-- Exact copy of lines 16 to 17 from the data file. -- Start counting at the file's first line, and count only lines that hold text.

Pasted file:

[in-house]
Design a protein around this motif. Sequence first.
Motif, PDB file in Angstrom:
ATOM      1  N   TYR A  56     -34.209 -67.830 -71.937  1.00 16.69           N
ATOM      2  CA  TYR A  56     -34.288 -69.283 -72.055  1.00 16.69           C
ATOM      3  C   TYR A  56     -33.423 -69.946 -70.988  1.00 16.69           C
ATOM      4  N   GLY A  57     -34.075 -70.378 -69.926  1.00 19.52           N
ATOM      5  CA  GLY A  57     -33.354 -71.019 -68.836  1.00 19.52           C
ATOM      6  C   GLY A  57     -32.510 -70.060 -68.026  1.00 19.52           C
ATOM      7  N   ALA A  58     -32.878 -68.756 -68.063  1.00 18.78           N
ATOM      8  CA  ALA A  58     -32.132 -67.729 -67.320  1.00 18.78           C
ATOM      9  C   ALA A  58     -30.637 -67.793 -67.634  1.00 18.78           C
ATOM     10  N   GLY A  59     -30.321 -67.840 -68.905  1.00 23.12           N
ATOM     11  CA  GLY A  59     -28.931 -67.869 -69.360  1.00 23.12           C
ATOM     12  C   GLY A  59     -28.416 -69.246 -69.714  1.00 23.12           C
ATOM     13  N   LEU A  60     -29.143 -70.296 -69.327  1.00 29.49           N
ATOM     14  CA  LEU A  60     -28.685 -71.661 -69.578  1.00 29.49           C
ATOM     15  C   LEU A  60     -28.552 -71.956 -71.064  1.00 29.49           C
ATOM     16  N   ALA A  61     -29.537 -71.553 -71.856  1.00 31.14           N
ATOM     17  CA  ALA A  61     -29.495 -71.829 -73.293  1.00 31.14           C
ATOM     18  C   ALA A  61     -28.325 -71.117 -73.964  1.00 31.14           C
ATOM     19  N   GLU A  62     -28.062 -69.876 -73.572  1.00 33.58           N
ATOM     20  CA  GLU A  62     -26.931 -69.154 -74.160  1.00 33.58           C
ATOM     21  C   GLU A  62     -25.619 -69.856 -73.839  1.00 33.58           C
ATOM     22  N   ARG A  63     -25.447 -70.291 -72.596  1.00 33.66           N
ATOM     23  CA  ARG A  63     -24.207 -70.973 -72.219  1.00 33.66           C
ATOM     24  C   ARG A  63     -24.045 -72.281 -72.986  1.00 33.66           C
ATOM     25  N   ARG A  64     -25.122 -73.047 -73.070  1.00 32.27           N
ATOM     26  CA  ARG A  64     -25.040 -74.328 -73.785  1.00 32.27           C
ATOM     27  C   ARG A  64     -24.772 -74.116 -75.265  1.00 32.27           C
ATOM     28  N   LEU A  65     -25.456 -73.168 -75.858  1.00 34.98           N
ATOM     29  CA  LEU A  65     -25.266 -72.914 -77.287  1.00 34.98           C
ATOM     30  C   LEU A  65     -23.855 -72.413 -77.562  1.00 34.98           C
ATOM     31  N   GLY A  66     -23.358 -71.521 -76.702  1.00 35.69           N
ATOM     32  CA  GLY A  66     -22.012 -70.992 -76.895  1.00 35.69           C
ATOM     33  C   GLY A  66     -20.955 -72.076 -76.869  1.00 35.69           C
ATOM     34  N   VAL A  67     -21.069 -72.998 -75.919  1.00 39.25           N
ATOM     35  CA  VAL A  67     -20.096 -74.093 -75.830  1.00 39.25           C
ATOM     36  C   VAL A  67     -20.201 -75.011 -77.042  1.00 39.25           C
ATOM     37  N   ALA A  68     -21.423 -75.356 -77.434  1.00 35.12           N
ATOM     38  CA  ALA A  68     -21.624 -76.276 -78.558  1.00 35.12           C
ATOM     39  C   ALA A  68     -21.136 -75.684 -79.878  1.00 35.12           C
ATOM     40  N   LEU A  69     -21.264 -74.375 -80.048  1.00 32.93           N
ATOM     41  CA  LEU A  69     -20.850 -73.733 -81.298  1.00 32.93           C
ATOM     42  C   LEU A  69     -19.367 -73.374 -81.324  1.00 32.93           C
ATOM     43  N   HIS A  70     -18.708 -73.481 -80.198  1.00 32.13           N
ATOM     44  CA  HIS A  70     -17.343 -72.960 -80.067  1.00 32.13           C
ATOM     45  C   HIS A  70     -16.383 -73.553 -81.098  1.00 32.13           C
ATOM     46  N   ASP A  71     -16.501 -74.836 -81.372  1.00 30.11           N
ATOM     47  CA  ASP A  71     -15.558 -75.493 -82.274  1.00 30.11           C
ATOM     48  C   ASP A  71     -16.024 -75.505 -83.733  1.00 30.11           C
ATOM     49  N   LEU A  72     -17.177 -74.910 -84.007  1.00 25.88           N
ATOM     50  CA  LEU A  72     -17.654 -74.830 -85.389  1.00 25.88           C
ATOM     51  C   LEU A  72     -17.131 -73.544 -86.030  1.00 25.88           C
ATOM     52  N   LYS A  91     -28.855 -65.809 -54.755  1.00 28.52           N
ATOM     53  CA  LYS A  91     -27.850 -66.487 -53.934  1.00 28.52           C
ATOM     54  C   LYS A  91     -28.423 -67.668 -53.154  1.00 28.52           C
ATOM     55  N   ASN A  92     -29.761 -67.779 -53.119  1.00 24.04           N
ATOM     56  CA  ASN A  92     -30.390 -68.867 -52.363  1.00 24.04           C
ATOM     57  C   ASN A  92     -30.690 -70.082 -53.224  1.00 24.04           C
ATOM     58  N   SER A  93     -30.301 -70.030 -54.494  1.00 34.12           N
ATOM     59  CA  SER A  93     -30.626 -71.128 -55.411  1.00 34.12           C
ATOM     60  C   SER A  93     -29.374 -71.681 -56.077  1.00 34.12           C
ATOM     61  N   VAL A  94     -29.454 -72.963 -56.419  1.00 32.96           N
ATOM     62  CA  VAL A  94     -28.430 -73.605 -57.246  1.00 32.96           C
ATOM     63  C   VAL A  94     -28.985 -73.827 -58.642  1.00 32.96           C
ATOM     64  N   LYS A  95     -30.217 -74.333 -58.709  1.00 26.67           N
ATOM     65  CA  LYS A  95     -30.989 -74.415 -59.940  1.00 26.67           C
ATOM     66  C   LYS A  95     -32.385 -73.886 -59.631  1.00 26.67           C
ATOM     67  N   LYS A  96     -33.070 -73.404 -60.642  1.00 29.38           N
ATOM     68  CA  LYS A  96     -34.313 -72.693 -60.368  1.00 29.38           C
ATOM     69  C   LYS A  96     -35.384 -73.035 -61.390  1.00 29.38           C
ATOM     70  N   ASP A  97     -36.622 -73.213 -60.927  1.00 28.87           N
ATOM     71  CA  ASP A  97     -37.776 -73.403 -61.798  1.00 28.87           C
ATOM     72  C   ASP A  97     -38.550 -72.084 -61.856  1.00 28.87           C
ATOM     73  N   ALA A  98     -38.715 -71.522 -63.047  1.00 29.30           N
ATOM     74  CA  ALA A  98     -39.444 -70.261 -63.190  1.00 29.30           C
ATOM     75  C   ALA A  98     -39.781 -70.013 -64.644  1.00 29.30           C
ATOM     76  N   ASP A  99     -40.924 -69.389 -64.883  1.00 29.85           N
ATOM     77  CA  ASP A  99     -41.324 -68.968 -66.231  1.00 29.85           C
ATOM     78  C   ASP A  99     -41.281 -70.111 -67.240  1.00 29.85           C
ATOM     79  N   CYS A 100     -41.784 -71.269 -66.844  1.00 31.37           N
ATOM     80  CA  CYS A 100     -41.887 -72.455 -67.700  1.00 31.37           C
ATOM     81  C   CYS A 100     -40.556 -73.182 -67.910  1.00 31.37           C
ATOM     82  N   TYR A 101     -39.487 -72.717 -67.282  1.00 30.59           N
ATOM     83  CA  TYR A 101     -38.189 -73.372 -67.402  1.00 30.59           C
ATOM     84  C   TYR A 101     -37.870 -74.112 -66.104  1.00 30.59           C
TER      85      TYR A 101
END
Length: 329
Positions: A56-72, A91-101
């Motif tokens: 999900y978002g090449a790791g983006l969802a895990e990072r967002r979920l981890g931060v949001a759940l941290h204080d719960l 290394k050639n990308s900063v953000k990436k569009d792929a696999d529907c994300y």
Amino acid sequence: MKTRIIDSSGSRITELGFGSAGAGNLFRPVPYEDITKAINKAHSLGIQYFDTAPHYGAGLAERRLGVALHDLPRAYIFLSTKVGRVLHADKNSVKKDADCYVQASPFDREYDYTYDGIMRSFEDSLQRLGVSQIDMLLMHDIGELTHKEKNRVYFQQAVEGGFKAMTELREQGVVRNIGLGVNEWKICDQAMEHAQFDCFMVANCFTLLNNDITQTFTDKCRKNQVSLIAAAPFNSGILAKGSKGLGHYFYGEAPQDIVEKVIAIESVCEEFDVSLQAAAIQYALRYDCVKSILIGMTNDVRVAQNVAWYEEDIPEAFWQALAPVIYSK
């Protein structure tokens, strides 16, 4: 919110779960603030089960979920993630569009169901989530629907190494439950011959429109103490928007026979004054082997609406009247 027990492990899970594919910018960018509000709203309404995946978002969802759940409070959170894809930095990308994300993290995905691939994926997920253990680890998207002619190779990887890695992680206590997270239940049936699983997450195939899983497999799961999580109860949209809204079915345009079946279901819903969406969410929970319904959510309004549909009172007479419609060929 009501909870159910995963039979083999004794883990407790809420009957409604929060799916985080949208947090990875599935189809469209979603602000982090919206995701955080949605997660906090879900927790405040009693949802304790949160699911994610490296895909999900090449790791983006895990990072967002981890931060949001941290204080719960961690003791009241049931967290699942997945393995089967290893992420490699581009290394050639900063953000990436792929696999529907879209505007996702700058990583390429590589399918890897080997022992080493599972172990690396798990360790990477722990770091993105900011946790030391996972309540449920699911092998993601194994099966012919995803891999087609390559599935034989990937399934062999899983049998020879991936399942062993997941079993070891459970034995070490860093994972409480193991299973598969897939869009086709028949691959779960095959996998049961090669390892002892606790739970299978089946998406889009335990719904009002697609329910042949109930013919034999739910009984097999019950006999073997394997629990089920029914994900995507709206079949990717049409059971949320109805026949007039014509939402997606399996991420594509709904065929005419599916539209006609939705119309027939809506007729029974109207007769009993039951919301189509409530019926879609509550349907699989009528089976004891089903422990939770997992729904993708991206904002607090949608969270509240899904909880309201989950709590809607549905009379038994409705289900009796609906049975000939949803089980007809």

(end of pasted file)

ATOM     13  N   LEU A  60     -29.143 -70.296 -69.327  1.00 29.49           N
ATOM     14  CA  LEU A  60     -28.685 -71.661 -69.578  1.00 29.49           C